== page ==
302 unit4 converge_short

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This presentation covers content in Unit 4 of TECH 3020: Technology Systems in Societies, at Bowling Green State University

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  • EX: Volti mentions how advances in medical technology have dramatically lowered infant mortality rates, yet many continue to have large families based on the traditional expectations that many children will not survive infancy.
  • EX: Volti mentions how advances in medical technology have dramatically lowered infant mortality rates, yet many continue to have large families based on the traditional expectations that many children will not survive infancy.
  • EX: Volti mentions how advances in medical technology have dramatically lowered infant mortality rates, yet many continue to have large families based on the traditional expectations that many children will not survive infancy.
  • Unions? Prof associations? Why would guilds be concerned about maintaining the status quo? What are some modern-day examples?
  • These examples basically do not allow for substantially different cultural variations on use and/or procedures based on cultural differences. To run a steel mill or an airline, much of the same operational, service, and maintenance procedures must be followed regardless of culture. To either make or receive a cell phone call, you have to turn it on and use it basically the same way, regardless of culture. Imperialism: “ extending a nation's authority by territorial acquisition or by the establishment of economic and political hegemony over other nations.” dictionary.com
  • Of course, the “Borg” analogy is an exaggerated example.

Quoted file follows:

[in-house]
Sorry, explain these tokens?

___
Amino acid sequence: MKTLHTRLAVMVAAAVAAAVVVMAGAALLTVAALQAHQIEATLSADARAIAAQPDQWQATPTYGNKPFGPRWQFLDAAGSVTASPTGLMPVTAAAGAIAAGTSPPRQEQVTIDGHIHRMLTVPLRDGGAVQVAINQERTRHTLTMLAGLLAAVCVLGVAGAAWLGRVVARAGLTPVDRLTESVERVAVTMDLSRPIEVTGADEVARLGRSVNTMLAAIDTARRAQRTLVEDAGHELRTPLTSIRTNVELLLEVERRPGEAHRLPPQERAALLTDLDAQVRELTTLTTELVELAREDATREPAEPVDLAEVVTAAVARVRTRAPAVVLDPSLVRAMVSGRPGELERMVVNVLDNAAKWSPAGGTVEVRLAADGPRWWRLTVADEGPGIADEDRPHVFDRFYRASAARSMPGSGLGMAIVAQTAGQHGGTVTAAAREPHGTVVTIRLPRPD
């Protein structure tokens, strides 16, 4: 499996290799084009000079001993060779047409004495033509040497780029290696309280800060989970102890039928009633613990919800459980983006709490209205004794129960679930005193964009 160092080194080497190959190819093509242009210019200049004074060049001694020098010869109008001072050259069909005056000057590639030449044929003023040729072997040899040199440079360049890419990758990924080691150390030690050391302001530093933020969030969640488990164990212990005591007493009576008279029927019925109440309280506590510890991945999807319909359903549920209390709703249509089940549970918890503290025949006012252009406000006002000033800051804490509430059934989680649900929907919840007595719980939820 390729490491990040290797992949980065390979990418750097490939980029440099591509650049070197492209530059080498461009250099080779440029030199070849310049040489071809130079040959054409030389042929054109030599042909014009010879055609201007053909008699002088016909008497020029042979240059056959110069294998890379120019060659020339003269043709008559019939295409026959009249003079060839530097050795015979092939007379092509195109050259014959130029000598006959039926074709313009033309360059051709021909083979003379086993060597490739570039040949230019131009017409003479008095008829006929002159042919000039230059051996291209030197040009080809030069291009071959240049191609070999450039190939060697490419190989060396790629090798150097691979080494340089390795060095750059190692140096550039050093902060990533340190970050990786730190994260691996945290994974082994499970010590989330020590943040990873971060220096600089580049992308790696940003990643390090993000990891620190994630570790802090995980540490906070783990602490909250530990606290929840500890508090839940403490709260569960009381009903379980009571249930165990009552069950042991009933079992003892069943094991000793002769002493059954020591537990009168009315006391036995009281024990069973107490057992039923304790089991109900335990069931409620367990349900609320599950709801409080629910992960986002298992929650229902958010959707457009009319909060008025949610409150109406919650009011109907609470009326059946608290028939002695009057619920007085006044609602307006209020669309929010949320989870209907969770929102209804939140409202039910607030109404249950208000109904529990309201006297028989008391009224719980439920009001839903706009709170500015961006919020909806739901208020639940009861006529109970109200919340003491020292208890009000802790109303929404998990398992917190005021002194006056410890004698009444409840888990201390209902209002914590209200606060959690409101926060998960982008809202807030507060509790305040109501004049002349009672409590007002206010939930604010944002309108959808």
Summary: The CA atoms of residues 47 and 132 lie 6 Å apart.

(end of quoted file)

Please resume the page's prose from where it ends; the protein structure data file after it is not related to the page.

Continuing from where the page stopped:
• Of course, the “Borg” analogy is an exaggerated example.
  • Of course, the “Borg” analogy is an exaggerated example. In terms of it not only being a West-to-East issue, think about the infusion of Japanese autos into the U.S. during the 1970s and 1980s. Even if Hondas and Toyota were better made and got better mileage than the unreliable Chrysler K cars and similarly unimpressive American autos available at the time, many were against buying foreign autos a matter of national pride.
  • This is of course goes back to the idea that the diffusion of any technology into a given society hinges on it being first adopted then adapted, as discussed in Unit 3.
  • 302 unit4 converge_short

    1. 1. <ul><li>Volti, Unit 4, chapters 16-18: Shaping and Controlling Technology </li></ul><ul><li>Technology and its Creators: Who’s in Charge of Whom? </li></ul><ul><li>Organizations and Technological Change </li></ul><ul><li>Governing Technology </li></ul>
    2. 2. <ul><li>Cultural Lag </li></ul><ul><li>“ Habits, thoughts, values, and social arrangements often fail to change at the same speed as technological innovation.” (273) </li></ul><ul><ul><li>Often involves value judgments: Technological innovation = positive / progressive </li></ul></ul><ul><ul><li>Cultural Lag = negative / backward </li></ul></ul>